Coronavirus: Johnson sets out 'ambitious' economic recovery plan
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Boris Johnson has said now is the time to be "ambitious" about the UK's future, as he set out a post-coronavirus recovery plan.
The PM vowed to "use this moment" to fix longstanding economic problems and promised a £5bn "new deal" to build homes and infrastructure.
Plans set out in the Tory election manifesto would be speeded up and "intensified," he added.
Labour and the CBI said he was not focusing enough on saving jobs.
Labour leader Sir Keir Starmer said there was "not much of a deal and not much that's new".
It came as new figures showed the UK economy shrank faster than at any time since 1979 between January and March.
In a wide-ranging speech, in Dudley, in the West Midlands, Mr Johnson vowed to "build build build" to soften the economic impact of coronavirus.
He acknowledged that jobs that existed at the start of the pandemic may be lost, but said a new "opportunity guarantee" would ensure that every young person had the chance of an apprenticeship or placement.
He said the UK "cannot continue to be prisoners of this crisis" and the government is "preparing now, slowly, cautiously to come out of hibernation".
"This country needs to be ready for what may be coming," he said, saying there will be an "economic aftershock".
"We must use this moment now… to plan our response and to fix the problems that were most brutally illuminated in that covid lightning flash."
He said the government wanted to continue with its plans to "level up" as "too many parts" of the country had been "left behind, neglected, unloved".
'Not a communist'
Infrastructure projects in England will be "accelerated" and there would be investment in new academy schools, green buses and new broadband, said the PM.
He said his response would not be a return to the austerity that followed the financial crisis.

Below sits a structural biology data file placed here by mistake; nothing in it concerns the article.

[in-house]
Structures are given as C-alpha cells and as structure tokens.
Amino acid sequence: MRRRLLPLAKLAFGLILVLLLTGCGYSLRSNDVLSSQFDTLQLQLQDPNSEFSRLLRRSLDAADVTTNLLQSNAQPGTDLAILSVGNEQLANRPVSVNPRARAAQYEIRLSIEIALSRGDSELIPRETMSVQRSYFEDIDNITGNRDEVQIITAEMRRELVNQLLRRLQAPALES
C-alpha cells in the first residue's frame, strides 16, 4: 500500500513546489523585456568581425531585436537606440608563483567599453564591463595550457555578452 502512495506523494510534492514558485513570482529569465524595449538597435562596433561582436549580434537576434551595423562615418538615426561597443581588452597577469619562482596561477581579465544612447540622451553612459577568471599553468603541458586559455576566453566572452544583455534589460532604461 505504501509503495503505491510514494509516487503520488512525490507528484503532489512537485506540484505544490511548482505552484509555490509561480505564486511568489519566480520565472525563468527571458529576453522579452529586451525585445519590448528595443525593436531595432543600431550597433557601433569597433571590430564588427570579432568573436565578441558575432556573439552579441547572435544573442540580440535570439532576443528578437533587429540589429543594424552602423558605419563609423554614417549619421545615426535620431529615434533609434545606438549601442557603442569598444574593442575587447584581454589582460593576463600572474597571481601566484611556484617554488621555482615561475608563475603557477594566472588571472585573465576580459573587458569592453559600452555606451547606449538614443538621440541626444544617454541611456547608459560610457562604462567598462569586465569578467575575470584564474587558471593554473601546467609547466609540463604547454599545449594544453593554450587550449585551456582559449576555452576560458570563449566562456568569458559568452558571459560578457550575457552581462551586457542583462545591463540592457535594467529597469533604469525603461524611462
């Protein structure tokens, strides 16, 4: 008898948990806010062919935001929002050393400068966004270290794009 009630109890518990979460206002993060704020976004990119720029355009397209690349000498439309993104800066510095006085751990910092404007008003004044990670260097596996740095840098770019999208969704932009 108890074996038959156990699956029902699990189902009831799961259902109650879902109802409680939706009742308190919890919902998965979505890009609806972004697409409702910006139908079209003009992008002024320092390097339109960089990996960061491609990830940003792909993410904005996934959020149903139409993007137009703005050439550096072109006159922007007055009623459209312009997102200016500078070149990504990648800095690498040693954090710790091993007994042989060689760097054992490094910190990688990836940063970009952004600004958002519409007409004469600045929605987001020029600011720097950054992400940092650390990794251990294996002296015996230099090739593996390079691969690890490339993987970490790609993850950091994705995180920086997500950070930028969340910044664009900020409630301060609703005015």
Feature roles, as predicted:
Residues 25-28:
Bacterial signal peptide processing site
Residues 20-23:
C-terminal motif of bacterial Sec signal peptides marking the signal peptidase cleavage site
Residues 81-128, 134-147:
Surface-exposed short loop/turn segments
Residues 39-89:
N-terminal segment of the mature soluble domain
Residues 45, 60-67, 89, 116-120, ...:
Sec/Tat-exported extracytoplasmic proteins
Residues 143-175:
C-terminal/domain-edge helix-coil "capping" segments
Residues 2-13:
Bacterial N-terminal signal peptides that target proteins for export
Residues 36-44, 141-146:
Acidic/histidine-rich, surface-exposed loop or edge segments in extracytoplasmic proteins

He attempted to calm Tory fears that he had shifted to the left, saying: "I am not a communist".
Instead, he claimed he had been inspired by US president Franklin D Roosevelt, who led America out of the Great Depression with his New Deal in the 1930s.
In the aftermath of the Wall Street Crash of 1929, President Roosevelt launched one of the largest, most expensive US government programmes which included building schools, hospitals and dams.
The prime minister loves a big, historical comparison.
He is a keen student of Winston Churchill - and has even written a book about him.
Over the last few days, the comparisons the government has sought to draw have been with former American President Franklin Delano Roosevelt and his "New Deal."
As my colleagues at Reality Check point out, the plan set out today is a tiddler compared to what FDR did, and a fair chunk of it is re-announcing what we already knew the government was planning.
But Boris Johnson is attempting to set out in a broader context the government's vision - and his pride in saying he wants to spend a lot to revitalise the economy and haul it out of the doldrums.
Under what he dubbed "project speed," planning laws would be streamlined to encourage building.
Changes, planned for September, include:
Pubs, libraries, village shops will be protected from the changes as they were are "essential to the lifeblood of communities," the government has said.
Mr Johnson acknowledged that the planning changes might meet resistance in traditional Tory-voting areas, but said: "Sometimes you have got to get on with things."
Labour Leader Sir Keir Starmer said: "We're facing an economic crisis, the biggest we've seen in a generation and the recovery needs to match that. What's been announced amounts to less than £100 per person.
"And it's the re-announcement of many manifesto pledges and commitments, so it's not enough."
He added: "We're not going to argue against a recovery plan, but the focus has to be on jobs."
The CBI said the prime minister had set out the "first steps on the path to recovery".
But Director General Carolyn Fairbairn said: "The focus on rescuing viable firms cannot slip while the UK looks to recovery, or earlier efforts could be wasted."
Housing charity Shelter accused the government of having cut the house-building budget by a third each year and dismissed the PM's plan as a "bad deal".
Chief executive Polly Neate said "We've already seen what happens when you take the blockers off bad housing - families end up in dangerous, overcrowded, rabbit-hutch homes. Far from bouncing forward, this is stumbling backwards."